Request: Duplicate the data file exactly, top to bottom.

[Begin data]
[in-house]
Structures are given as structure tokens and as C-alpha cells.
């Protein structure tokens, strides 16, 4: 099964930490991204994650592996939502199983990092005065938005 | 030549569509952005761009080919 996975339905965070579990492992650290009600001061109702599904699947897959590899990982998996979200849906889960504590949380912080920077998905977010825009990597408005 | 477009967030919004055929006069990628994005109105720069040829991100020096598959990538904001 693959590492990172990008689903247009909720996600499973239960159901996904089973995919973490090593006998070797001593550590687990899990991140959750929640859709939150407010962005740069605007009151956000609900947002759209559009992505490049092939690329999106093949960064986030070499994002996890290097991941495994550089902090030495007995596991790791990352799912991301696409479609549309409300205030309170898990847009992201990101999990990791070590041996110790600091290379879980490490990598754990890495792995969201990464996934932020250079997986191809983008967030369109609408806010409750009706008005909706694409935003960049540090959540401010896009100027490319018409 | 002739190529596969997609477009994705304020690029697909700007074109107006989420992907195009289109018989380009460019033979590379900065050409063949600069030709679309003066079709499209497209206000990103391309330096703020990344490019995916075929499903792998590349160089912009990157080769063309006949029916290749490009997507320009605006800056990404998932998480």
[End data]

[in-house]
Structures are given as structure tokens and as C-alpha cells.
């Protein structure tokens, strides 16, 4: 099964930490991204994650592996939502199983990092005065938005 | 030549569509952005761009080919 996975339905965070579990492992650290009600001061109702599904699947897959590899990982998996979200849906889960504590949380912080920077998905977010825009990597408005 | 477009967030919004055929006069990628994005109105720069040829991100020096598959990538904001 693959590492990172990008689903247009909720996600499973239960159901996904089973995919973490090593006998070797001593550590687990899990991140959750929640859709939150407010962005740069605007009151956000609900947002759209559009992505490049092939690329999106093949960064986030070499994002996890290097991941495994550089902090030495007995596991790791990352799912991301696409479609549309409300205030309170898990847009992201990101999990990791070590041996110790600091290379879980490490990598754990890495792995969201990464996934932020250079997986191809983008967030369109609408806010409750009706008005909706694409935003960049540090959540401010896009100027490319018409 | 002739190529596969997609477009994705304020690029697909700007074109107006989420992907195009289109018989380009460019033979590379900065050409063949600069030709679309003066079709499209497209206000990103391309330096703020990344490019995916075929499903792998590349160089912009990157080769063309006949029916290749490009997507320009605006800056990404998932998480």